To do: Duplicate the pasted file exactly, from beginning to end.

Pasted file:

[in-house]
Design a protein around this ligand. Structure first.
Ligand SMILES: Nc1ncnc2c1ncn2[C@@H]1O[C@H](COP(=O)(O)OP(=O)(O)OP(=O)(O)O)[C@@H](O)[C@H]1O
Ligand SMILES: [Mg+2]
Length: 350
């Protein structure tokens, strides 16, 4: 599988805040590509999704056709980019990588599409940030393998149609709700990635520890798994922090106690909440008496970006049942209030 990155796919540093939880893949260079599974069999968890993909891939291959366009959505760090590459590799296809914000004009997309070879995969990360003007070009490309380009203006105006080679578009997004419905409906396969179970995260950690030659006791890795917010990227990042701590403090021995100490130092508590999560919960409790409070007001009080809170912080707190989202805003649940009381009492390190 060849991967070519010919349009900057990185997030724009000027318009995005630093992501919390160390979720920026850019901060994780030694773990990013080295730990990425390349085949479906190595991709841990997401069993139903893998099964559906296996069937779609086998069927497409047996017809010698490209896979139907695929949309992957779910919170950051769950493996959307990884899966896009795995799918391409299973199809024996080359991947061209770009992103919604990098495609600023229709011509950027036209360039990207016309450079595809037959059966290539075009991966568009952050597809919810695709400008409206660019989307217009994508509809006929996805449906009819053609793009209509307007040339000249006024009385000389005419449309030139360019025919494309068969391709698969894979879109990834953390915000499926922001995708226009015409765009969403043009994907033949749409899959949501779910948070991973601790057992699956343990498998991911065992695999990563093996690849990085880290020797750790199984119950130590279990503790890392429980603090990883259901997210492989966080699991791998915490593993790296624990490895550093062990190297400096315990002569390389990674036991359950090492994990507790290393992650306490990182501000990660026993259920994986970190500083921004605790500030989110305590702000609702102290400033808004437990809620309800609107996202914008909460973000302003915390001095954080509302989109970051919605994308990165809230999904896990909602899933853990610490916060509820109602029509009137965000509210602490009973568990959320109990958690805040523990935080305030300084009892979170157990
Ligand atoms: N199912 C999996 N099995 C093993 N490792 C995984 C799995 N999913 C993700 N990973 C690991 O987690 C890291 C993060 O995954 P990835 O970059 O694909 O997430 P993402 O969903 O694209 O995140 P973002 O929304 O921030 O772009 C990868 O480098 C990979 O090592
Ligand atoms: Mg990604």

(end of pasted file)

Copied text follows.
[in-house]
Design a protein around this ligand. Structure first.
Ligand SMILES: Nc1ncnc2c1ncn2[C@@H]1O[C@H](COP(=O)(O)OP(=O)(O)OP(=O)(O)O)[C@@H](O)[C@H]1O
Ligand SMILES: [Mg+2]
Length: 350
């Protein structure tokens, strides 16, 4: 599988805040590509999704056709980019990588599409940030393998149609709700990635520890798994922090106690909440008496970006049942209030 990155796919540093939880893949260079599974069999968890993909891939291959366009959505760090590459590799296809914000004009997309070879995969990360003007070009490309380009203006105006080679578009997004419905409906396969179970995260950690030659006791890795917010990227990042701590403090021995100490130092508590999560919960409790409070007001009080809170912080707190989202805003649940009381009492390190 060849991967070519010919349009900057990185997030724009000027318009995005630093992501919390160390979720920026850019901060994780030694773990990013080295730990990425390349085949479906190595991709841990997401069993139903893998099964559906296996069937779609086998069927497409047996017809010698490209896979139907695929949309992957779910919170950051769950493996959307990884899966896009795995799918391409299973199809024996080359991947061209770009992103919604990098495609600023229709011509950027036209360039990207016309450079595809037959059966290539075009991966568009952050597809919810695709400008409206660019989307217009994508509809006929996805449906009819053609793009209509307007040339000249006024009385000389005419449309030139360019025919494309068969391709698969894979879109990834953390915000499926922001995708226009015409765009969403043009994907033949749409899959949501779910948070991973601790057992699956343990498998991911065992695999990563093996690849990085880290020797750790199984119950130590279990503790890392429980603090990883259901997210492989966080699991791998915490593993790296624990490895550093062990190297400096315990002569390389990674036991359950090492994990507790290393992650306490990182501000990660026993259920994986970190500083921004605790500030989110305590702000609702102290400033808004437990809620309800609107996202914008909460973000302003915390001095954080509302989109970051919605994308990165809230999904896990909602899933853990610490916060509820109602029509009137965000509210602490009973568990959320109990958690805040523990935080305030300084009892979170157990
Ligand atoms: N199912 C999996 N099995 C093993 N490792 C995984 C799995 N999913 C993700 N990973 C690991 O987690 C890291 C993060 O995954 P990835 O970059 O694909 O997430 P993402 O969903 O694209 O995140 P973002 O929304 O921030 O772009 C990868 O480098 C990979 O090592
Ligand atoms: Mg990604």